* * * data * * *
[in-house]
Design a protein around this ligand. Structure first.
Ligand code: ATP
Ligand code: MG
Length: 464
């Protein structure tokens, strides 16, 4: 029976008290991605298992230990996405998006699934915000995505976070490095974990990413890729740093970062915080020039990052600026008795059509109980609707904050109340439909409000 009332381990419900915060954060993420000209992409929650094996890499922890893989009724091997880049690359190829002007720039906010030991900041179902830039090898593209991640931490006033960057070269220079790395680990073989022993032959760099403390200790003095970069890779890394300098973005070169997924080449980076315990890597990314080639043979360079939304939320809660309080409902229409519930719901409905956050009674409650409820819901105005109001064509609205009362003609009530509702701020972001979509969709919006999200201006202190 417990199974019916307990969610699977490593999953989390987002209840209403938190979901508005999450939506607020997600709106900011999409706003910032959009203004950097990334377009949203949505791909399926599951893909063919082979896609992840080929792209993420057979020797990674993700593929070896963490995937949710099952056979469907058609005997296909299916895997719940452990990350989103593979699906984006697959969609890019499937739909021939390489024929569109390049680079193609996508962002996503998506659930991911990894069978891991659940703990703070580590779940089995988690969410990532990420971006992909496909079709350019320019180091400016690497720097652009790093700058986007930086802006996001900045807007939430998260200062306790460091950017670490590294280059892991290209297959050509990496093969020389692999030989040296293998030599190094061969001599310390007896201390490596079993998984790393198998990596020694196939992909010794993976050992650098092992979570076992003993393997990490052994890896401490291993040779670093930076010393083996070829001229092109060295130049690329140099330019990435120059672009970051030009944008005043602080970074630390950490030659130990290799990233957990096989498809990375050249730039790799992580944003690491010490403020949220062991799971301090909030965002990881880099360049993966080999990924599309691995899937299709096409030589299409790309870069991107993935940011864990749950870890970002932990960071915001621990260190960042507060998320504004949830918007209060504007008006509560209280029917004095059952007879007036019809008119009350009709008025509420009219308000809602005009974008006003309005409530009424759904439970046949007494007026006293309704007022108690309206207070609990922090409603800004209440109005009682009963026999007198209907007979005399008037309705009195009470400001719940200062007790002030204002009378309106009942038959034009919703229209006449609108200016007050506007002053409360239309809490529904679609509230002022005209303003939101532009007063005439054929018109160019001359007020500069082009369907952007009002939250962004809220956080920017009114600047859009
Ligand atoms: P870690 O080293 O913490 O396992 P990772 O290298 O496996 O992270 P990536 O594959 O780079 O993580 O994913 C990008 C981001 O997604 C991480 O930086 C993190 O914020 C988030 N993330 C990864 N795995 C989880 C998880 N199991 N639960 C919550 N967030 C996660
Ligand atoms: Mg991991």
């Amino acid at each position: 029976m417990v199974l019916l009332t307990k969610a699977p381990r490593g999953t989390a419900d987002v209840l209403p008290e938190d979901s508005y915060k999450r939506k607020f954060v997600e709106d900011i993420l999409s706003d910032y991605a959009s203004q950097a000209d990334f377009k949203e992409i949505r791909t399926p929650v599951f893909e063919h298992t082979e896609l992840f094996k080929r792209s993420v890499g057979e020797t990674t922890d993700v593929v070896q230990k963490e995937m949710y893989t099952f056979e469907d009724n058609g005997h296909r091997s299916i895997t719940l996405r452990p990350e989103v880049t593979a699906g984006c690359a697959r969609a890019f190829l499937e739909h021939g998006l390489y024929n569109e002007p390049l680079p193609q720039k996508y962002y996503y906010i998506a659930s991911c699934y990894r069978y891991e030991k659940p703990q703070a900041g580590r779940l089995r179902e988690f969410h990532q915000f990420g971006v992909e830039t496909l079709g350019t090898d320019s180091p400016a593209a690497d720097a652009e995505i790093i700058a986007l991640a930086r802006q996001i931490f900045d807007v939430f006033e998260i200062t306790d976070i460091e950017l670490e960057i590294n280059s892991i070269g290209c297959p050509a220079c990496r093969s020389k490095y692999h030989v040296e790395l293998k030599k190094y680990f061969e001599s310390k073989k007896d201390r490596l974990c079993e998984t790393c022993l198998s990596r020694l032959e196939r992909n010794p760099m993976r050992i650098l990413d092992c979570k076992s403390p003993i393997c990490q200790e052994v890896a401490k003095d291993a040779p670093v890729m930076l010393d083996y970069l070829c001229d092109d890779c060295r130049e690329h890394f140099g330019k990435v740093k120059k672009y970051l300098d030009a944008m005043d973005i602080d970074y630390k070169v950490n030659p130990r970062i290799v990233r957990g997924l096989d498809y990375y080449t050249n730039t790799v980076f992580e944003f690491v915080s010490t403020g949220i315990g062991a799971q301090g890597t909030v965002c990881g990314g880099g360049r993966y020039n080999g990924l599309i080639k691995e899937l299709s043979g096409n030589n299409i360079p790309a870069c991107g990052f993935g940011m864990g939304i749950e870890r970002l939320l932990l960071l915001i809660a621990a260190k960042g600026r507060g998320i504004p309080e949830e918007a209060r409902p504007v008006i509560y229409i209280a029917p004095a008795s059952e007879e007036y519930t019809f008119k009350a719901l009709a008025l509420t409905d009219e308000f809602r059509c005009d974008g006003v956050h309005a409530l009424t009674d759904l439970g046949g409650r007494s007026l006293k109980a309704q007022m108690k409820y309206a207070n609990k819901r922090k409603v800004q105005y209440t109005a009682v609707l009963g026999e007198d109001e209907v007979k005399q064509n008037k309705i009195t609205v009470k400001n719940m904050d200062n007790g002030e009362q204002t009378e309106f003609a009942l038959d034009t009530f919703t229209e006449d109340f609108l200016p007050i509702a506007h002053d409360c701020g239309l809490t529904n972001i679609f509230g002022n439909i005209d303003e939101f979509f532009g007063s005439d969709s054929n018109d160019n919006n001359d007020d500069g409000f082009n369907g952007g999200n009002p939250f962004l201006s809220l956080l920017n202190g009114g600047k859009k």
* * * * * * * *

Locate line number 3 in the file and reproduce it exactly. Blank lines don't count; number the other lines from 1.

Ligand code: ATP